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Among the last standing No Tav activists

“Tav” stands for “high speed railway”, and here lies the first – intended – misunderstanding. The Tav actually has little to do with high speed, but rather with high capacity, in terms of freight trains. The idea for this construction, which comprises of a 57 km long tunnel between France and Italy, started in the early 1990’s, in times of economical growth.

50% of the freight transport has been lost in the last 2 decades, and protests against the Tav construction have been widespread for years, until a final decline in the recent times, when evidently the No Tav protesters have been abandoned by media and politicians. Yet, we think the No Tav protests are an interesting case to study in terms of how the State reacts to peaceful protesters, and how it’s impossible for a State like ours to actually come to terms with the protesters, because it would already mean admitting a failure on behalf of the State.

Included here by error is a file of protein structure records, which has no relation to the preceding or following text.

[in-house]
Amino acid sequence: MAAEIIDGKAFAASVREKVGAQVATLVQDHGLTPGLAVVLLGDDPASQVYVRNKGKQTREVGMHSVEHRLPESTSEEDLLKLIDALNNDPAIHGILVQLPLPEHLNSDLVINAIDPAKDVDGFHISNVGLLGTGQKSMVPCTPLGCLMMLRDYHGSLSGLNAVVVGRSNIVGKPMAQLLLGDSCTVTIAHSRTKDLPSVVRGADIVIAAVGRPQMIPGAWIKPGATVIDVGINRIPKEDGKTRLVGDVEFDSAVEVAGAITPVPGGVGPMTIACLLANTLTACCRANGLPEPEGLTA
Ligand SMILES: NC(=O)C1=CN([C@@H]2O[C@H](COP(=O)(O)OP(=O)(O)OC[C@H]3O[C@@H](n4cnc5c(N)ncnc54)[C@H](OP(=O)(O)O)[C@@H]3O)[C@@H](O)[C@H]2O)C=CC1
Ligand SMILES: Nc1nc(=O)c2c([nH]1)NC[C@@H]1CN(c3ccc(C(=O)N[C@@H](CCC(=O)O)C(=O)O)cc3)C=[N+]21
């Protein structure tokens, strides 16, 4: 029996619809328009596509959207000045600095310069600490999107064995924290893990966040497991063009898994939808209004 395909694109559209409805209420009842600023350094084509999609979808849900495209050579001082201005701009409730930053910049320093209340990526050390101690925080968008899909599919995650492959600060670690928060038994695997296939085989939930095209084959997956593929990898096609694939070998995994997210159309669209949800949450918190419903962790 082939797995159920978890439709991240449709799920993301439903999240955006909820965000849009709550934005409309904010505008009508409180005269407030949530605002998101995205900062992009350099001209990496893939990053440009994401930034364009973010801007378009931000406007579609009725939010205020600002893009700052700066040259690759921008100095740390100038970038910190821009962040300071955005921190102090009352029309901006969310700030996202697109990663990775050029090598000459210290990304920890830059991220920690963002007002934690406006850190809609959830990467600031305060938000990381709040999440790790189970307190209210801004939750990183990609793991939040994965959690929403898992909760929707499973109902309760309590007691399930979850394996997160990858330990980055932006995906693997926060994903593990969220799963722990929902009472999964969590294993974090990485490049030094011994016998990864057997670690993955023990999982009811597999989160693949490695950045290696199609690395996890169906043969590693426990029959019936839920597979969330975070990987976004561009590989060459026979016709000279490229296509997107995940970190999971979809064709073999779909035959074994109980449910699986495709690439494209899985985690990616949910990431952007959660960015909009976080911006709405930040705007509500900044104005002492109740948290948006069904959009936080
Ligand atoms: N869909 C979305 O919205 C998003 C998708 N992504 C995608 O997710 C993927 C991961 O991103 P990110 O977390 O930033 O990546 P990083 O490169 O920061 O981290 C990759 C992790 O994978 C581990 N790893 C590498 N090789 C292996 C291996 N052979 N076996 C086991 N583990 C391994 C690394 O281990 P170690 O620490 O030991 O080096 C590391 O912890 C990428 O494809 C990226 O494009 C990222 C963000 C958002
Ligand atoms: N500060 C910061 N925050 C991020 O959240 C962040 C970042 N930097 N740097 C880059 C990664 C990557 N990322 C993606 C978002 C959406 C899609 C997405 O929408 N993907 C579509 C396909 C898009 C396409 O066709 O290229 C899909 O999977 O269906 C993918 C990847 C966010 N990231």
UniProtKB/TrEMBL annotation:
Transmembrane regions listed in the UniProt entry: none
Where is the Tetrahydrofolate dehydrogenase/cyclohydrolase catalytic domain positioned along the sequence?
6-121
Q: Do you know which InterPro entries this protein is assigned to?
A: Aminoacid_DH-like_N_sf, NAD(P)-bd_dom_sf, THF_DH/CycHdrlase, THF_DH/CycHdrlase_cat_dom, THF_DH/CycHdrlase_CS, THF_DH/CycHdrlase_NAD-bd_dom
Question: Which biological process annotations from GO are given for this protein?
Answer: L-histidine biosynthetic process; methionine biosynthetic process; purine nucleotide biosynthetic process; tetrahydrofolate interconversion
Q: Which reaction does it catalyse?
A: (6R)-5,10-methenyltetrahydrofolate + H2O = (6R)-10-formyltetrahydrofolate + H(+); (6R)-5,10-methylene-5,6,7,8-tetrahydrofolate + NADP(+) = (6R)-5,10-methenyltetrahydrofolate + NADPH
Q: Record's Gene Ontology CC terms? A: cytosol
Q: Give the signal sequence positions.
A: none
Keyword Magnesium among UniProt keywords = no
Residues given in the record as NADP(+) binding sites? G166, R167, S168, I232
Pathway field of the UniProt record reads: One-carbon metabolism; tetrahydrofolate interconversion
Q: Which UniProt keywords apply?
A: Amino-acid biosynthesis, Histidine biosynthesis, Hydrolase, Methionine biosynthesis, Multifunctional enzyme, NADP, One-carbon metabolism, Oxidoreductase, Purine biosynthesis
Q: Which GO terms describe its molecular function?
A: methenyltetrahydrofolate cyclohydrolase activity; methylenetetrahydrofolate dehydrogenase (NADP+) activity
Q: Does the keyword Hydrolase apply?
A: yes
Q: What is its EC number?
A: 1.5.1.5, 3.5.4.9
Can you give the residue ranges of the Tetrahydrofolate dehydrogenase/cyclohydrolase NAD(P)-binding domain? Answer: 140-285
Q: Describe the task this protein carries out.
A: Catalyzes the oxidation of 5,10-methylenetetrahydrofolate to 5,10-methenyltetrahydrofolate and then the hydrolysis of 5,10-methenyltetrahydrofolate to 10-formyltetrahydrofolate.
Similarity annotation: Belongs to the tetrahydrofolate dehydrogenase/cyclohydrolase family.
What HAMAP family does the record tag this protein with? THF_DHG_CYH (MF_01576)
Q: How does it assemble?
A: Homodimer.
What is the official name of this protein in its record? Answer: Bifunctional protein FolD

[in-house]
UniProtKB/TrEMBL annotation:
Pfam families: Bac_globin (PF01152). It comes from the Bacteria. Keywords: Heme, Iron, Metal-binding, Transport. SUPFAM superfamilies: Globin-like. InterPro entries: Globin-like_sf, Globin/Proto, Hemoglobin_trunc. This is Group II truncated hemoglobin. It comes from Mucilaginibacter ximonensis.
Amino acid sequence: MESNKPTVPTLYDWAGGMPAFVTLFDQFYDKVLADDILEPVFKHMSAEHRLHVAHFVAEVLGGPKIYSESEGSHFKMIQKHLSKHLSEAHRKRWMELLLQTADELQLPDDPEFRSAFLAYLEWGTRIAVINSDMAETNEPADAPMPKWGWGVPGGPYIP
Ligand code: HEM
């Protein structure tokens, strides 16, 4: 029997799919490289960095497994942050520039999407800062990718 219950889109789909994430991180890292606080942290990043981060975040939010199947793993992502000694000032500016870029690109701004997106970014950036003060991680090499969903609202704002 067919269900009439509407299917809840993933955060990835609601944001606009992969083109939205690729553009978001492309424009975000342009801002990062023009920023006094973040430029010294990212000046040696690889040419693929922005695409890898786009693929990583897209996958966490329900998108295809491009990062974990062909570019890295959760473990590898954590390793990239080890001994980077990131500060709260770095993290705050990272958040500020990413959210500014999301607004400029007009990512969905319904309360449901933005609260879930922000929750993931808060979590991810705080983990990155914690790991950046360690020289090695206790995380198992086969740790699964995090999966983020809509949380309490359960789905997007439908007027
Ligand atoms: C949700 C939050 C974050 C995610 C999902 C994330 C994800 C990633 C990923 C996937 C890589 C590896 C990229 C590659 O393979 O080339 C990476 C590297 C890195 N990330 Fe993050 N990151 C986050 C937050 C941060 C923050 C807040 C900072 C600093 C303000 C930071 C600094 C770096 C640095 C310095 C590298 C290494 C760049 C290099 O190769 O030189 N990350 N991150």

We’re talking of a construction without an accountable cost, ranging between 8.6 and 16 billions (its double!), without any sort of transparent report on its progress. There are many shades in the Tav, yet it’s not our task to unveil these shades, but rather to hear the eyewitnesses of a two decade long struggle.

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